The Thailand cave rescue shows us Australia can - and should - step up
Tim Costello on caring for strangers
In a world fractured by crisis and conflict, the extraordinary rescue of 12 young Thai footballers and their coach from an underground cave is a powerful reminder of what we could achieve together.
We witnessed humanity at its best as heroes from at least half a dozen countries, including Australia, risked everything in the perilous rescue effort.
This one small moment in time – marked by an absence of self-interest – proved that with courage, empathy and unity, humankind can achieve remarkable results.
We related to the plight of these vulnerable innocents, the perseverance against the odds by a crack international team and the final triumph over despair.
Around the world, many thousands – perhaps millions – prayed, hoped and watched. And eventually, out of the cave’s darkness emerged a spiritual light.
Hope was realised and gave us a vision of what we gain when we work together with one goal. This one small moment in time – marked by an absence of self-interest – proved that with courage, empathy and unity, humankind can achieve remarkable results.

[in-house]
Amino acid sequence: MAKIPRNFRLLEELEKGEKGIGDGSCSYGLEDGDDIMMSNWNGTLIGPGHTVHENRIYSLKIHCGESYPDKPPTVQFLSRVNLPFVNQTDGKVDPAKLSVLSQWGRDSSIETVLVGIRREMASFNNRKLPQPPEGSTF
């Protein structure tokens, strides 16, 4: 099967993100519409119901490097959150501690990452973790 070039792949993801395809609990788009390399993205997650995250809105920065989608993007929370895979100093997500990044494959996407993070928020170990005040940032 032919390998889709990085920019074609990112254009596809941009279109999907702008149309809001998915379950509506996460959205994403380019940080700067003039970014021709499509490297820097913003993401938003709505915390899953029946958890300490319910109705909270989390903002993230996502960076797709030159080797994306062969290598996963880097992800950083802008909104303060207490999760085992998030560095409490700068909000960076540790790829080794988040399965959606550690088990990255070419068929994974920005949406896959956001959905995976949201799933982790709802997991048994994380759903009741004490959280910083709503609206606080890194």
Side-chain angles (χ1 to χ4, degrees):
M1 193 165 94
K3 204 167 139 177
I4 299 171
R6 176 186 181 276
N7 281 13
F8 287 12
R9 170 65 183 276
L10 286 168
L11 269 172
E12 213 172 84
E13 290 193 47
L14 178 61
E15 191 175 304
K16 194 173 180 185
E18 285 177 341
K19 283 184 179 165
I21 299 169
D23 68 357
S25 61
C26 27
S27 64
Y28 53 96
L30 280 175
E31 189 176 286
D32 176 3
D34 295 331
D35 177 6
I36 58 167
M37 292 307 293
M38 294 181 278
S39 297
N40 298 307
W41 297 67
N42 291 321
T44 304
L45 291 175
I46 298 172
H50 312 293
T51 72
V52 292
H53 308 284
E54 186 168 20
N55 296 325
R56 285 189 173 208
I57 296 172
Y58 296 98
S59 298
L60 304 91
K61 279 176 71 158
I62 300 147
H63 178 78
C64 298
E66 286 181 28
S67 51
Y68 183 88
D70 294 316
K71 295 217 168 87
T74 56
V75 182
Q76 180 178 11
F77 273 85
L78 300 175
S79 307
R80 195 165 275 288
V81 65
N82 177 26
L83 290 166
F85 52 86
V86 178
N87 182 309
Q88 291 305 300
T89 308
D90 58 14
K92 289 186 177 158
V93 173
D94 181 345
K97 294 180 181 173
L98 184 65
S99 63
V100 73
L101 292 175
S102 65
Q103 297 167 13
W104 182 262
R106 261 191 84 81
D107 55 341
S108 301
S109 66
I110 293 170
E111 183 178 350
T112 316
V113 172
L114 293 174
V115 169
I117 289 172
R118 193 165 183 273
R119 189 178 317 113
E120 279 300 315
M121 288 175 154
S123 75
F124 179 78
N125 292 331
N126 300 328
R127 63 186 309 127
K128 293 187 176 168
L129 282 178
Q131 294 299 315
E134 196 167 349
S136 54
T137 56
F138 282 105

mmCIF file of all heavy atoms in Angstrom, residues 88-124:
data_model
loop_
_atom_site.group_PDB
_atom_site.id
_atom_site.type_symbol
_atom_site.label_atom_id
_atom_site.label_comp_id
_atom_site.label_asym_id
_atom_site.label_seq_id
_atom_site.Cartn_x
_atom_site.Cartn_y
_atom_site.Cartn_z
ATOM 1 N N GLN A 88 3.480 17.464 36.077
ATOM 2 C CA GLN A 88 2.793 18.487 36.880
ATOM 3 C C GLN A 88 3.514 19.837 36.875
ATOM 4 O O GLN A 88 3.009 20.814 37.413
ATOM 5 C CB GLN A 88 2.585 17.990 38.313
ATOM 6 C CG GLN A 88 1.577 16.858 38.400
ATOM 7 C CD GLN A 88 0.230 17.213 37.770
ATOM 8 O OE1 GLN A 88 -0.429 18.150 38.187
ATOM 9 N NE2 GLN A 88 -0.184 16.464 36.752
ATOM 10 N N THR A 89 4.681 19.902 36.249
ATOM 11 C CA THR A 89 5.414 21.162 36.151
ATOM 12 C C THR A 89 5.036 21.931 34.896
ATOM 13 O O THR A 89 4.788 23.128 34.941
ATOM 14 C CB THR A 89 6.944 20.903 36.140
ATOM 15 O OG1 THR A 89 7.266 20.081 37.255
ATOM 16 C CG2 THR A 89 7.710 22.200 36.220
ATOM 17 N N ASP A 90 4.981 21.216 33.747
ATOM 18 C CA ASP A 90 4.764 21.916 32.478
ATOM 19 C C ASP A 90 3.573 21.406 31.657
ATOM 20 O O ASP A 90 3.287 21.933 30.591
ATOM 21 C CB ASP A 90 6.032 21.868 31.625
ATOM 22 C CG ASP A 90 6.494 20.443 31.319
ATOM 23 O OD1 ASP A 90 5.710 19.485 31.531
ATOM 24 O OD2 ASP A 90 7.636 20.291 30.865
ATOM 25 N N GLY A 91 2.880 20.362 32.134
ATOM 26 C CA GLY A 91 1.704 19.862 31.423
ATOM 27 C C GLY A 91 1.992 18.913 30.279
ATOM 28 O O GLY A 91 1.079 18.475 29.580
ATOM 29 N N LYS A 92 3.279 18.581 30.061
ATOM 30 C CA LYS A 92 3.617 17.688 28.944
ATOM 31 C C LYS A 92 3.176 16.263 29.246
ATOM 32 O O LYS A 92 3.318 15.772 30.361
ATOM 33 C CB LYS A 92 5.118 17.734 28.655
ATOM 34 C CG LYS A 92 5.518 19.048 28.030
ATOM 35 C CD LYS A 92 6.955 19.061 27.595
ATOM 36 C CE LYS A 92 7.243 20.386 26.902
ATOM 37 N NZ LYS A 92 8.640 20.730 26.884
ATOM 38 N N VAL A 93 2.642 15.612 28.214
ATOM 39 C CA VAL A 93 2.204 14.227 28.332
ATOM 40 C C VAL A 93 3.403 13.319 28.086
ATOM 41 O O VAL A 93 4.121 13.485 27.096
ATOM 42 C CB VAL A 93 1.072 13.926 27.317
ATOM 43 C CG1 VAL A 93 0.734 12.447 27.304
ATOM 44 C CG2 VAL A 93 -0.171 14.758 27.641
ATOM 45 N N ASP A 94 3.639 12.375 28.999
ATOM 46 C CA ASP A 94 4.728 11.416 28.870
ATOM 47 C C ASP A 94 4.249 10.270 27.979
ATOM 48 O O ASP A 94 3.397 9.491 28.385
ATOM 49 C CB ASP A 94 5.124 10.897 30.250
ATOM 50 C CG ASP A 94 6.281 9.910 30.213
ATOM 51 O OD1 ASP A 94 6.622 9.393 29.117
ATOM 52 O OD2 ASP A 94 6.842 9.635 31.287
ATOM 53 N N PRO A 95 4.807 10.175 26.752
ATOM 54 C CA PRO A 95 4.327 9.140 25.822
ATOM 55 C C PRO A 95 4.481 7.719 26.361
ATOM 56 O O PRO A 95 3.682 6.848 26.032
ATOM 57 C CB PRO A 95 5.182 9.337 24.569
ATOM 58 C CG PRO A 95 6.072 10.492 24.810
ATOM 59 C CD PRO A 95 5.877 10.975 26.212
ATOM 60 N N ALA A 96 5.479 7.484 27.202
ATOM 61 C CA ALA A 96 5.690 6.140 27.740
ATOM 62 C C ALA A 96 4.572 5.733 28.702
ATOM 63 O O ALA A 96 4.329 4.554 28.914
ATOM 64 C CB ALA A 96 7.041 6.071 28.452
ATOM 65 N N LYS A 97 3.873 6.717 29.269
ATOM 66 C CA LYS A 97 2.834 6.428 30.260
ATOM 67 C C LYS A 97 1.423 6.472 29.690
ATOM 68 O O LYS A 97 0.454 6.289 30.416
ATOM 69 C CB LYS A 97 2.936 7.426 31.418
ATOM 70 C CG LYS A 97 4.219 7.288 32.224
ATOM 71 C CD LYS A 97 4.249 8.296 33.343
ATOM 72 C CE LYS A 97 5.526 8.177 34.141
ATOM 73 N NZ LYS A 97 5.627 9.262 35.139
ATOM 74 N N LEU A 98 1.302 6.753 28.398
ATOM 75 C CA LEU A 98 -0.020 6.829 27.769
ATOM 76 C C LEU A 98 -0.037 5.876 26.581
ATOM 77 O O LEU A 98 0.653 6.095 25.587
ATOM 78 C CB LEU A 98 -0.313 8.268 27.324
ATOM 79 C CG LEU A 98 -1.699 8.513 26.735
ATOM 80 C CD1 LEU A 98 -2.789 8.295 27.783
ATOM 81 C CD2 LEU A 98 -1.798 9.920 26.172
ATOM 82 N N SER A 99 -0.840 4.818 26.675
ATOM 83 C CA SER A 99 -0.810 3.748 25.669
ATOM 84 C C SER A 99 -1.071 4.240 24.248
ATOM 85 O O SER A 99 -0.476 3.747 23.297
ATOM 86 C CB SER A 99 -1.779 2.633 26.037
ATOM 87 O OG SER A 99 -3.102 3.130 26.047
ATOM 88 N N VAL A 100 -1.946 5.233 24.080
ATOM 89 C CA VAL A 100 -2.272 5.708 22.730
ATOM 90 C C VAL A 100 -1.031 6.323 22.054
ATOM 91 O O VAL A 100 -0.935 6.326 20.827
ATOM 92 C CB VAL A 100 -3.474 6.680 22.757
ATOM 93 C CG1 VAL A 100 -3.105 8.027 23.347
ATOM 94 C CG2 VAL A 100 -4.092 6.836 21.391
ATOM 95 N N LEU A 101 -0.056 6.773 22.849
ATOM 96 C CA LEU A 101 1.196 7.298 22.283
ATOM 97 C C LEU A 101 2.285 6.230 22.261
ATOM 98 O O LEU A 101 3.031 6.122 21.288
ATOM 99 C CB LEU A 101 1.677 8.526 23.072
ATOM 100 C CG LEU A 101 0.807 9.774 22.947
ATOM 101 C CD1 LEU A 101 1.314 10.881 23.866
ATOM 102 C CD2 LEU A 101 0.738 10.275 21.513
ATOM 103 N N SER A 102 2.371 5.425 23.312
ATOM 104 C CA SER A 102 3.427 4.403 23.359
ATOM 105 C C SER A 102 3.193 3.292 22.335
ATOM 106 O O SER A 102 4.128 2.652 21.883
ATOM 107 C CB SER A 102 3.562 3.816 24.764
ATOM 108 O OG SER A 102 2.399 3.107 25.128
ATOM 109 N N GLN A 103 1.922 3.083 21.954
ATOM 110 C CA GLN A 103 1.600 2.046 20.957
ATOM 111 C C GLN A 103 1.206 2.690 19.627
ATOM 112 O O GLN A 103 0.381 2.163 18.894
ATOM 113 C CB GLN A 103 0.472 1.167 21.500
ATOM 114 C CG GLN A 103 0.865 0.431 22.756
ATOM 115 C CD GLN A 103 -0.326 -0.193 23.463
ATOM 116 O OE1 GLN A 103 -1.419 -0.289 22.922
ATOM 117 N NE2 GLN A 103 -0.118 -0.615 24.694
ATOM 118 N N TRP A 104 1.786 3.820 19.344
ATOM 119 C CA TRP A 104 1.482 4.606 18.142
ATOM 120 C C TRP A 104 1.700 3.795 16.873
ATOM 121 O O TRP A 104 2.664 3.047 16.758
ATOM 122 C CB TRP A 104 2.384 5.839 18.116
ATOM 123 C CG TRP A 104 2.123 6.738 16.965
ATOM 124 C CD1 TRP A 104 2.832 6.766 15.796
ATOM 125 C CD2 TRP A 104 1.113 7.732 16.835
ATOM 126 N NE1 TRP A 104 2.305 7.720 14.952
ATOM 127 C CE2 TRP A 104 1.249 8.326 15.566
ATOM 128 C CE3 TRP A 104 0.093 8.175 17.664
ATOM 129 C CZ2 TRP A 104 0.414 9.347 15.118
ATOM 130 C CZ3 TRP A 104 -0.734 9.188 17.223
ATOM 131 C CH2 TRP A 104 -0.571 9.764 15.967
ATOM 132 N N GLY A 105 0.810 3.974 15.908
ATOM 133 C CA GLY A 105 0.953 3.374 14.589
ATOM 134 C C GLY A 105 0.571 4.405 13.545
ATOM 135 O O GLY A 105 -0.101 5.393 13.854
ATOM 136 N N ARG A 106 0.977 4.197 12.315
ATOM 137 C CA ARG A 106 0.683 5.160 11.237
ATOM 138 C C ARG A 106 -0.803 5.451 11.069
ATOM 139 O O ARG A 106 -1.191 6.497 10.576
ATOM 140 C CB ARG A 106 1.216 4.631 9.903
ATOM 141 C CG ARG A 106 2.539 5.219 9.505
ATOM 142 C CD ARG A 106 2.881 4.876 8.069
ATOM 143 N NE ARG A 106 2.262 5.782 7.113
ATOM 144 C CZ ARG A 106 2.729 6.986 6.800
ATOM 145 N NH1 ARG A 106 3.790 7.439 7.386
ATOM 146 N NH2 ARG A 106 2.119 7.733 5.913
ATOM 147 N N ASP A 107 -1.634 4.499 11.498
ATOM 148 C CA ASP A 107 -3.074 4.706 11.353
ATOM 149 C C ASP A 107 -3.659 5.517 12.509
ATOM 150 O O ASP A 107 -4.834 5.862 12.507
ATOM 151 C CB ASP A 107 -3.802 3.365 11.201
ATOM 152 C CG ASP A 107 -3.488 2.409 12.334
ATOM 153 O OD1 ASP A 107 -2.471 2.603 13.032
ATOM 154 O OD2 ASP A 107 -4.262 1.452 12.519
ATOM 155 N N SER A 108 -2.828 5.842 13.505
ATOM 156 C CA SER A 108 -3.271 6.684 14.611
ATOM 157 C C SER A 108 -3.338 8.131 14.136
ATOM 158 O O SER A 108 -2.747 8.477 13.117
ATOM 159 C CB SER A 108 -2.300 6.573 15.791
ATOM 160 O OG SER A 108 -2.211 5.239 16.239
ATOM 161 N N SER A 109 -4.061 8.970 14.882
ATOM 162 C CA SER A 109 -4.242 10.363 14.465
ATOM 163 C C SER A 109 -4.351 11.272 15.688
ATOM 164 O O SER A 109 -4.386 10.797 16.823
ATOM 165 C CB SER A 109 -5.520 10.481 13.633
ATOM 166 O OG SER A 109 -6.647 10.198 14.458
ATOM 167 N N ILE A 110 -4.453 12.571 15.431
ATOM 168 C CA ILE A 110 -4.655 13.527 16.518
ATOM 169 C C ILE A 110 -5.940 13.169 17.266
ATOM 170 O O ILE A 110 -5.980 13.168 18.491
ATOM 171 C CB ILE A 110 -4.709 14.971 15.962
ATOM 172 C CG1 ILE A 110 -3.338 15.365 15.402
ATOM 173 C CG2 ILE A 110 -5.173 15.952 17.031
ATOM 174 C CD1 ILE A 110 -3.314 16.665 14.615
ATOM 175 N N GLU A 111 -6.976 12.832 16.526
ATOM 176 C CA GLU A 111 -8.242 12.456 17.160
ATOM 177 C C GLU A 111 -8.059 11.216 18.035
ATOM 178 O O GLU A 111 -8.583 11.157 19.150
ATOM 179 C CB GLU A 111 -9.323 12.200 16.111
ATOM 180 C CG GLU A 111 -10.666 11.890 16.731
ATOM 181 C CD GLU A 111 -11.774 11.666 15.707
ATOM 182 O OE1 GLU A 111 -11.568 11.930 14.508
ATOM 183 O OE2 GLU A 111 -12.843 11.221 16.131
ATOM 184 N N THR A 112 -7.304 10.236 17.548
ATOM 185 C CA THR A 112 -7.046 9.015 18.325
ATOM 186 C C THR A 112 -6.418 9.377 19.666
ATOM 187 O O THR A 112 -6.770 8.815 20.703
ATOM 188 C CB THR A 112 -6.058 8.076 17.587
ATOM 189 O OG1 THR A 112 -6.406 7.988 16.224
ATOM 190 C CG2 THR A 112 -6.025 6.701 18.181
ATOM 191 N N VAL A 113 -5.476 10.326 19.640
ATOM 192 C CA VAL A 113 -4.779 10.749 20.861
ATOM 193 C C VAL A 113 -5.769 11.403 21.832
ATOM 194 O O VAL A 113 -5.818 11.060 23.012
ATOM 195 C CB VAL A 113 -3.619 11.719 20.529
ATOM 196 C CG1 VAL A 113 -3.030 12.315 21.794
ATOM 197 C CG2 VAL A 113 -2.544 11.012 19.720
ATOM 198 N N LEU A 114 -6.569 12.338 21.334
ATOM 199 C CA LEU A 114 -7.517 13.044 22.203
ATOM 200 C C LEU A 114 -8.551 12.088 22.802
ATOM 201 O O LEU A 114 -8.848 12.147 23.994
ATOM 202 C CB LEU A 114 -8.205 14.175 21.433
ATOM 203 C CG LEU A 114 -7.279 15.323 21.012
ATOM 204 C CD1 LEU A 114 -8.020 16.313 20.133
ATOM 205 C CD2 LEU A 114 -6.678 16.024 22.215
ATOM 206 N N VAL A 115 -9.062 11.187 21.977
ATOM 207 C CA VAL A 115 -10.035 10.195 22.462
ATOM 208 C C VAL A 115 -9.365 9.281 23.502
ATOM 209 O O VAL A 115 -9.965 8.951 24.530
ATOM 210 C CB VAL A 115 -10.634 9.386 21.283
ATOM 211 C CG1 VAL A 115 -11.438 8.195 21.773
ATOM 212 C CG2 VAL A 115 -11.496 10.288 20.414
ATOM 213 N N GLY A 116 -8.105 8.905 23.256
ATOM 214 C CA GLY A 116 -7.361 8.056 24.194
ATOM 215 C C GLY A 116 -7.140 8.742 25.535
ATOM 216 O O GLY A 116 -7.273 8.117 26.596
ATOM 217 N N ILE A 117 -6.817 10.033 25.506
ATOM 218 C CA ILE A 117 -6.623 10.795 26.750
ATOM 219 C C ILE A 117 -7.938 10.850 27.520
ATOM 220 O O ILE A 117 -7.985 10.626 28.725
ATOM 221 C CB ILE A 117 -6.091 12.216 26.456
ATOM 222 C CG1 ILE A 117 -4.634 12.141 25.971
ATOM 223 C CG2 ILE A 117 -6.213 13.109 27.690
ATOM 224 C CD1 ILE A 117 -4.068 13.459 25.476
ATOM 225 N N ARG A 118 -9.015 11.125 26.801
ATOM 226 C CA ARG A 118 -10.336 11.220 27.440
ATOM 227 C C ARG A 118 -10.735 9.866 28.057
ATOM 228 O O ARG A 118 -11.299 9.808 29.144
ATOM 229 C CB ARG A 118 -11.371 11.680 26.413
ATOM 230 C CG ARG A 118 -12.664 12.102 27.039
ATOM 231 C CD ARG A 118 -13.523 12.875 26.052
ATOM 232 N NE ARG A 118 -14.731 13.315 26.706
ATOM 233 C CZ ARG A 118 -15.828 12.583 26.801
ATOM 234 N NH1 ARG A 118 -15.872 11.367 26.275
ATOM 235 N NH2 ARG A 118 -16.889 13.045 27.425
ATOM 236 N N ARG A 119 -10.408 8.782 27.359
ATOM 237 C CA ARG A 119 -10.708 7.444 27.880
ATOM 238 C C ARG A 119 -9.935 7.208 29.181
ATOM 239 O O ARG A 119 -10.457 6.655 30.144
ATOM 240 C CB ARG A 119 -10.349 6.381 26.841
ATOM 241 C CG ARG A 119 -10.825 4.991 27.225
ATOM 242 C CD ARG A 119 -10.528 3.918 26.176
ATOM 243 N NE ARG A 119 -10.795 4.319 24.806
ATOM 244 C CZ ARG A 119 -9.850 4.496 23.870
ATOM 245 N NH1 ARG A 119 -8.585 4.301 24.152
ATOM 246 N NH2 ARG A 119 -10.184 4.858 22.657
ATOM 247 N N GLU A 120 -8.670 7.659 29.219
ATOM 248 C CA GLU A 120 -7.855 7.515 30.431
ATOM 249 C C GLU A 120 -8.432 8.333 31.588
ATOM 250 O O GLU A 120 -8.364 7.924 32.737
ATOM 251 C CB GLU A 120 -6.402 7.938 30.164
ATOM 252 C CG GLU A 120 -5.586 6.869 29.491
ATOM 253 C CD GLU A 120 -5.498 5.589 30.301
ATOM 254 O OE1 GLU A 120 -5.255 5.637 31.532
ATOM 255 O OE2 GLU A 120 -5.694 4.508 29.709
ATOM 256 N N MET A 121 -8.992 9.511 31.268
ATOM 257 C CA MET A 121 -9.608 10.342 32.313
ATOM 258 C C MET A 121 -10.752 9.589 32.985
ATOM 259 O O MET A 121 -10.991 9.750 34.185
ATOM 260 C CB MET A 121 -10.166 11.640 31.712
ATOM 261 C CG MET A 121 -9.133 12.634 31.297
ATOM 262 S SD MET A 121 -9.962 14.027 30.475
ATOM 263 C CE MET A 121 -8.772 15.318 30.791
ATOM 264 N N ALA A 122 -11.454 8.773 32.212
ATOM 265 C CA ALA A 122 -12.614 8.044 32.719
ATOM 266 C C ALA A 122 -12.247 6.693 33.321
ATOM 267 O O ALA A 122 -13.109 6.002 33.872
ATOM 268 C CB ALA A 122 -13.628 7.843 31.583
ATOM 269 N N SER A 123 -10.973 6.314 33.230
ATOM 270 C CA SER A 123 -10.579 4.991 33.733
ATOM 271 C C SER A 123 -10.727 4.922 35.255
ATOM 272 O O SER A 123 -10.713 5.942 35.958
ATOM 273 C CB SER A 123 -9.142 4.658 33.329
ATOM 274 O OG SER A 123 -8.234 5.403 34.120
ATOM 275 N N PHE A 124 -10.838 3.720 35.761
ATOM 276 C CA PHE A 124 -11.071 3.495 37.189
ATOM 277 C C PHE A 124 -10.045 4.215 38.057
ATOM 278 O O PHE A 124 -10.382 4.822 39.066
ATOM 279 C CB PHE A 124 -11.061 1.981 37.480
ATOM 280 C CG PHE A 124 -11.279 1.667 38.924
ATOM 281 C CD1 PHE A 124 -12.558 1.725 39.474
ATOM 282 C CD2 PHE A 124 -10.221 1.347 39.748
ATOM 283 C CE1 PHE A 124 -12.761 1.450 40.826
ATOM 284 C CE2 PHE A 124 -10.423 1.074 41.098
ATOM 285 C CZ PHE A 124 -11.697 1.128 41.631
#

Why were so many profoundly moved by this story? Perhaps because we related to the young boys trapped then set free by caring strangers. Perhaps we thought of our own children being in the same circumstances. We connected.
Australia’s expertise in the rescue reflects the role we could and should play in the world.
We connected a few years ago when we saw a photo of the tiny body of Alan Kurdi, the three-year-old Syrian refugee whose body washed up on the shore of the Mediterranean.
Why do we not connect in the same way to the hundreds who died at the same time as the Thailand rescue in Japanese floods? Or the 7500 children under five who still die every day of preventable or treatable illnesses?
This is a bias called the identifiable victim syndrome. We feel greater empathy and compassion for individuals we can identify with rather than a large group of anonymous people in peril.
Yet the Good Samaritan showed compassion for a stranger from another tribe he found beaten on a roadway. He didn’t know the victim’s story. He just saw someone in need and acted. The story suggests our faith should be galvanised to care as much for the nameless and faceless millions who are trapped in poverty and cast out to the fringes.
Hopefully, the Thai cave rescue gives us a new focus to broaden our ambit of concern. Australia’s expertise in the rescue reflects the role we could and should play in the world. We should realise the opportunities God is giving us to show his love to a world in need. Great hopes can be realised if we consistently work together to heal the world’s suffering.